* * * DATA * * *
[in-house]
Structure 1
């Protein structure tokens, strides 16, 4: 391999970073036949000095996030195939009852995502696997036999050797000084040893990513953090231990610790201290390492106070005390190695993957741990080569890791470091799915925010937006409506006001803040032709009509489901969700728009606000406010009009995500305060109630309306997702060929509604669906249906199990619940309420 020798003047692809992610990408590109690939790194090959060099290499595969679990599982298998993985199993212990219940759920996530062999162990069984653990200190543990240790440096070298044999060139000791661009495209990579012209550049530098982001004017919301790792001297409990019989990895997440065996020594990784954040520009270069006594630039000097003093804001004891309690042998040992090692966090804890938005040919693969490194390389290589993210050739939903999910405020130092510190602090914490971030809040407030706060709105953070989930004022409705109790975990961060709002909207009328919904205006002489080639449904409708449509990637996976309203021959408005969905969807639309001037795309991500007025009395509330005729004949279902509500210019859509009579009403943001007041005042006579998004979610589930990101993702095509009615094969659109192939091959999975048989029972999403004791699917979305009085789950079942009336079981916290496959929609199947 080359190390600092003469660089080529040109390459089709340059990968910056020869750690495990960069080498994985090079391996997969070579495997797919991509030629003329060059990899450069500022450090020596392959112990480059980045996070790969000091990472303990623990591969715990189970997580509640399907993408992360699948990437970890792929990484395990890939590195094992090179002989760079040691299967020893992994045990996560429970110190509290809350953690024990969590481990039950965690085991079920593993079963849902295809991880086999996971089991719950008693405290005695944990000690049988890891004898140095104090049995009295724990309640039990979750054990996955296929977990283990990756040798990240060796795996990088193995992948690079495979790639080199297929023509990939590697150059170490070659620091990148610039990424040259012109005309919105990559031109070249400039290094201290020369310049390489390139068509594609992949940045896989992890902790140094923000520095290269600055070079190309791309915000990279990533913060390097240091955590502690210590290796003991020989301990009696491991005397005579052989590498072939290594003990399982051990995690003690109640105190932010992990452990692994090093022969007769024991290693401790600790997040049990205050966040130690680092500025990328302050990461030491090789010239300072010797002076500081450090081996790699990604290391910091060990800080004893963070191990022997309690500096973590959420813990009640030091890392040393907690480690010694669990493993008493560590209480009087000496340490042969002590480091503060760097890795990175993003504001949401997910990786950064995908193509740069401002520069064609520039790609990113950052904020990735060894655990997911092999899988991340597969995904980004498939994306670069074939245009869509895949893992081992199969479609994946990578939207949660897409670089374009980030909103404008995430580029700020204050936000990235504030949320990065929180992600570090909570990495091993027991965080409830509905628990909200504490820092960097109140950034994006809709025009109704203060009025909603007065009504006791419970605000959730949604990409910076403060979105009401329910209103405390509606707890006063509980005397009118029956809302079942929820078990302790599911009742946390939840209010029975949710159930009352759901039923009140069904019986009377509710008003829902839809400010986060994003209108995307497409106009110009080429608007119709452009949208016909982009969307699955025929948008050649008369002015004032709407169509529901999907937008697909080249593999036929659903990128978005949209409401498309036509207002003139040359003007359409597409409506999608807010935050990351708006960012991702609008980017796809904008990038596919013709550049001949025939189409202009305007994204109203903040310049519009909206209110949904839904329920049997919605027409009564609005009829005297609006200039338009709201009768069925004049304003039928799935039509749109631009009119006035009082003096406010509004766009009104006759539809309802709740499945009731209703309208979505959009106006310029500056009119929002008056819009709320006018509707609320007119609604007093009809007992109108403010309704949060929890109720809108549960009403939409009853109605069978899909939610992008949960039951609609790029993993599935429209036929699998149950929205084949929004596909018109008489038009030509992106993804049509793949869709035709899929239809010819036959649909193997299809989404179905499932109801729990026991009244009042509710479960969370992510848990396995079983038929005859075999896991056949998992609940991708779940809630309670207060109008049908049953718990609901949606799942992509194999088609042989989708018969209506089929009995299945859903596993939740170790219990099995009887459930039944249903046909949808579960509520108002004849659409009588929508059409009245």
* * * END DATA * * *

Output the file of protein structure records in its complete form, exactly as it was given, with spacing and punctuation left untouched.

[in-house]
Structure 1
């Protein structure tokens, strides 16, 4: 391999970073036949000095996030195939009852995502696997036999050797000084040893990513953090231990610790201290390492106070005390190695993957741990080569890791470091799915925010937006409506006001803040032709009509489901969700728009606000406010009009995500305060109630309306997702060929509604669906249906199990619940309420 020798003047692809992610990408590109690939790194090959060099290499595969679990599982298998993985199993212990219940759920996530062999162990069984653990200190543990240790440096070298044999060139000791661009495209990579012209550049530098982001004017919301790792001297409990019989990895997440065996020594990784954040520009270069006594630039000097003093804001004891309690042998040992090692966090804890938005040919693969490194390389290589993210050739939903999910405020130092510190602090914490971030809040407030706060709105953070989930004022409705109790975990961060709002909207009328919904205006002489080639449904409708449509990637996976309203021959408005969905969807639309001037795309991500007025009395509330005729004949279902509500210019859509009579009403943001007041005042006579998004979610589930990101993702095509009615094969659109192939091959999975048989029972999403004791699917979305009085789950079942009336079981916290496959929609199947 080359190390600092003469660089080529040109390459089709340059990968910056020869750690495990960069080498994985090079391996997969070579495997797919991509030629003329060059990899450069500022450090020596392959112990480059980045996070790969000091990472303990623990591969715990189970997580509640399907993408992360699948990437970890792929990484395990890939590195094992090179002989760079040691299967020893992994045990996560429970110190509290809350953690024990969590481990039950965690085991079920593993079963849902295809991880086999996971089991719950008693405290005695944990000690049988890891004898140095104090049995009295724990309640039990979750054990996955296929977990283990990756040798990240060796795996990088193995992948690079495979790639080199297929023509990939590697150059170490070659620091990148610039990424040259012109005309919105990559031109070249400039290094201290020369310049390489390139068509594609992949940045896989992890902790140094923000520095290269600055070079190309791309915000990279990533913060390097240091955590502690210590290796003991020989301990009696491991005397005579052989590498072939290594003990399982051990995690003690109640105190932010992990452990692994090093022969007769024991290693401790600790997040049990205050966040130690680092500025990328302050990461030491090789010239300072010797002076500081450090081996790699990604290391910091060990800080004893963070191990022997309690500096973590959420813990009640030091890392040393907690480690010694669990493993008493560590209480009087000496340490042969002590480091503060760097890795990175993003504001949401997910990786950064995908193509740069401002520069064609520039790609990113950052904020990735060894655990997911092999899988991340597969995904980004498939994306670069074939245009869509895949893992081992199969479609994946990578939207949660897409670089374009980030909103404008995430580029700020204050936000990235504030949320990065929180992600570090909570990495091993027991965080409830509905628990909200504490820092960097109140950034994006809709025009109704203060009025909603007065009504006791419970605000959730949604990409910076403060979105009401329910209103405390509606707890006063509980005397009118029956809302079942929820078990302790599911009742946390939840209010029975949710159930009352759901039923009140069904019986009377509710008003829902839809400010986060994003209108995307497409106009110009080429608007119709452009949208016909982009969307699955025929948008050649008369002015004032709407169509529901999907937008697909080249593999036929659903990128978005949209409401498309036509207002003139040359003007359409597409409506999608807010935050990351708006960012991702609008980017796809904008990038596919013709550049001949025939189409202009305007994204109203903040310049519009909206209110949904839904329920049997919605027409009564609005009829005297609006200039338009709201009768069925004049304003039928799935039509749109631009009119006035009082003096406010509004766009009104006759539809309802709740499945009731209703309208979505959009106006310029500056009119929002008056819009709320006018509707609320007119609604007093009809007992109108403010309704949060929890109720809108549960009403939409009853109605069978899909939610992008949960039951609609790029993993599935429209036929699998149950929205084949929004596909018109008489038009030509992106993804049509793949869709035709899929239809010819036959649909193997299809989404179905499932109801729990026991009244009042509710479960969370992510848990396995079983038929005859075999896991056949998992609940991708779940809630309670207060109008049908049953718990609901949606799942992509194999088609042989989708018969209506089929009995299945859903596993939740170790219990099995009887459930039944249903046909949808579960509520108002004849659409009588929508059409009245």